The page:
Saturday, October 25, 2014

Dietz Vollrath — Scale, Profits, and Inequality

But if we take seriously the incentives behind innovation, then it isn’t simply the genius of the individual that matters for growth. The scale of the economy is equally relevant.
I would say that scale is much more relevant than innovation. Innovation is not new. What is new is population size and mass markets that serve either the entire market or major segments. There is still significant innovation in niche markets, but the innovators are not rewarded anywhere near like those who can capture market share in a mass market. It's the existence of mass markets (scale) that results in the level of inequality that prevails and promises to be become the norm as more an more niches are absorbed into conglomerates and smaller less efficient firms merged and consolidated. You know, "the economies of scale." Do we need unlimited inequality to incentive innovation in this environment? Why? Most of the gains are simply rents that are extracted because they can be.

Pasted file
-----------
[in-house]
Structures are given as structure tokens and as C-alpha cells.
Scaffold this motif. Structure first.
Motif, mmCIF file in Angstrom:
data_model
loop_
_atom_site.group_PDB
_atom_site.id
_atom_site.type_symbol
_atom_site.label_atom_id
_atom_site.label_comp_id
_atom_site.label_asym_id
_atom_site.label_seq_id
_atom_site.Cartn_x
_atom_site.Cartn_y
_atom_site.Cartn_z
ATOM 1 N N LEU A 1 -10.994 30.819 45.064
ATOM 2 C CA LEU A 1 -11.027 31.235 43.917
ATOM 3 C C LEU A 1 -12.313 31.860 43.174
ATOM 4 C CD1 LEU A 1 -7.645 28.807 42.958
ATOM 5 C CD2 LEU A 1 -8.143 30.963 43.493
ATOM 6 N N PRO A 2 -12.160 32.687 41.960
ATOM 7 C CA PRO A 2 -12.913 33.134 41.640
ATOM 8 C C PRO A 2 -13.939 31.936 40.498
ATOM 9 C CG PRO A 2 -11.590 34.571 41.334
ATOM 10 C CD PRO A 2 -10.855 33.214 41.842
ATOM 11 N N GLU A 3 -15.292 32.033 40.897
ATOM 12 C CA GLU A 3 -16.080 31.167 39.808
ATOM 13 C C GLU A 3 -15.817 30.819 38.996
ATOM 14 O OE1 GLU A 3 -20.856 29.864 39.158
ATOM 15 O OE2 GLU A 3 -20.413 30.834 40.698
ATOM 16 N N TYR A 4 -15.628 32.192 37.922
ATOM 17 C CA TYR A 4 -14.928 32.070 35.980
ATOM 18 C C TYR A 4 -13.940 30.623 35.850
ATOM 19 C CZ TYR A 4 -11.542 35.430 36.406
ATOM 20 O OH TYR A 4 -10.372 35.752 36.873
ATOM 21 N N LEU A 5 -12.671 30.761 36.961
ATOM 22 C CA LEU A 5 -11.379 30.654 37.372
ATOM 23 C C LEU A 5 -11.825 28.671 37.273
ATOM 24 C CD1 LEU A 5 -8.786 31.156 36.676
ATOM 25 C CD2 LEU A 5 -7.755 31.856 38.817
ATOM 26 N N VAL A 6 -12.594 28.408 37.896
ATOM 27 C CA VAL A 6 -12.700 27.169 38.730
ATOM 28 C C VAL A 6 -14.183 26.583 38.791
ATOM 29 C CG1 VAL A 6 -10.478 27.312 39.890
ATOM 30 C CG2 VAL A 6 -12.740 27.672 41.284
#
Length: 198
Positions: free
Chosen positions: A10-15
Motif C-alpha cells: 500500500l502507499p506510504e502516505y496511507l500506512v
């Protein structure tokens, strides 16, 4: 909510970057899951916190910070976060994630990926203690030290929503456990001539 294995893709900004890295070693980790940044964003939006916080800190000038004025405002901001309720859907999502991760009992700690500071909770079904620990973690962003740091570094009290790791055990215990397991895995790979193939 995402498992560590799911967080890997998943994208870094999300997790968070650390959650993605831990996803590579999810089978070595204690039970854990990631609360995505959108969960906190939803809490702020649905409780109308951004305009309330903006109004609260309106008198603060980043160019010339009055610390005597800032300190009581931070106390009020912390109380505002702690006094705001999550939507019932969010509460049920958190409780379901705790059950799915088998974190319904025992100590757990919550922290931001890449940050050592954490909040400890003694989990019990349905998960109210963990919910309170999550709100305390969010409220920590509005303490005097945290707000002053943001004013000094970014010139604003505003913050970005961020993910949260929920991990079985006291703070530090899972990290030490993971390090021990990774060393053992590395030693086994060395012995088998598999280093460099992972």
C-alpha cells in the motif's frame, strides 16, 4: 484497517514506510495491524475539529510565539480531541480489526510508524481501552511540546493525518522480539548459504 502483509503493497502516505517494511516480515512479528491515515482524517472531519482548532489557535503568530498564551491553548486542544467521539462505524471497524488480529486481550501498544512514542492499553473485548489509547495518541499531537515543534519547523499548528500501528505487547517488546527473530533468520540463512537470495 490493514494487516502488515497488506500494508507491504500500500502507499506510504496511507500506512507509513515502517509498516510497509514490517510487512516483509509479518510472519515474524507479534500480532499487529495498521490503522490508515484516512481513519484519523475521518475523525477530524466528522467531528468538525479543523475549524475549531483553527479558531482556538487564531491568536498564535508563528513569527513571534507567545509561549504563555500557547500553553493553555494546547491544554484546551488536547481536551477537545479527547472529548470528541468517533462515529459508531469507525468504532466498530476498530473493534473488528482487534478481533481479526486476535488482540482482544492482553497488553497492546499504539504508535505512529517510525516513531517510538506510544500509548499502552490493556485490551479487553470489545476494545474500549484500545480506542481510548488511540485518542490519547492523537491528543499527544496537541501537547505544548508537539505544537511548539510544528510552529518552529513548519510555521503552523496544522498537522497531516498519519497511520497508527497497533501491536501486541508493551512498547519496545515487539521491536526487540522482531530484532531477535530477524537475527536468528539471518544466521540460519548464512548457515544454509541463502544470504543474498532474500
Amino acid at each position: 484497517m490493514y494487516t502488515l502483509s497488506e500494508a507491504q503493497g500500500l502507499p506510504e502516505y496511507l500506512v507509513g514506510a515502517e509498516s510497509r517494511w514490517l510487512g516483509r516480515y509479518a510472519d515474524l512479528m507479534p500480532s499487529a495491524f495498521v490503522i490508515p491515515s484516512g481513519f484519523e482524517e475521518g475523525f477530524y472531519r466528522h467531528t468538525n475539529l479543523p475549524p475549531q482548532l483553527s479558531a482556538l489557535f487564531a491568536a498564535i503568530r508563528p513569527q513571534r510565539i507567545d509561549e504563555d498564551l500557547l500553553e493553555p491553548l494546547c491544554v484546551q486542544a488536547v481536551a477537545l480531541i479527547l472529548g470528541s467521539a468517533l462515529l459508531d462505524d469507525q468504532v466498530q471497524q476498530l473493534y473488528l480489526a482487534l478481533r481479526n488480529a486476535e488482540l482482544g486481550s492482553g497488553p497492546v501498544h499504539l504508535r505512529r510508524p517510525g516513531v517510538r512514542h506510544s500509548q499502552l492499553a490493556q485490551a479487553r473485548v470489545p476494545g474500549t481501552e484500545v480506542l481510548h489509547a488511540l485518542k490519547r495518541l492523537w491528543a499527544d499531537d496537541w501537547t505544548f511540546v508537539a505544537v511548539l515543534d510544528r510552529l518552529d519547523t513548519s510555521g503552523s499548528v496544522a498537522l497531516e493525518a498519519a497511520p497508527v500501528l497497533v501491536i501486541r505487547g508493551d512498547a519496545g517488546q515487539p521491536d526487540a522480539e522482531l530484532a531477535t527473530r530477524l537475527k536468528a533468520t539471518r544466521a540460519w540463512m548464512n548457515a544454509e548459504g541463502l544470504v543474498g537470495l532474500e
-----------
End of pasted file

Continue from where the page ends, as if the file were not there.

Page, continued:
The Growth Economics Blog
Scale, Profits, and Inequality
Dietz Vollrath | Associate Professor of Economics at the University of Houston
h/t Mark Thoma at Economist's View

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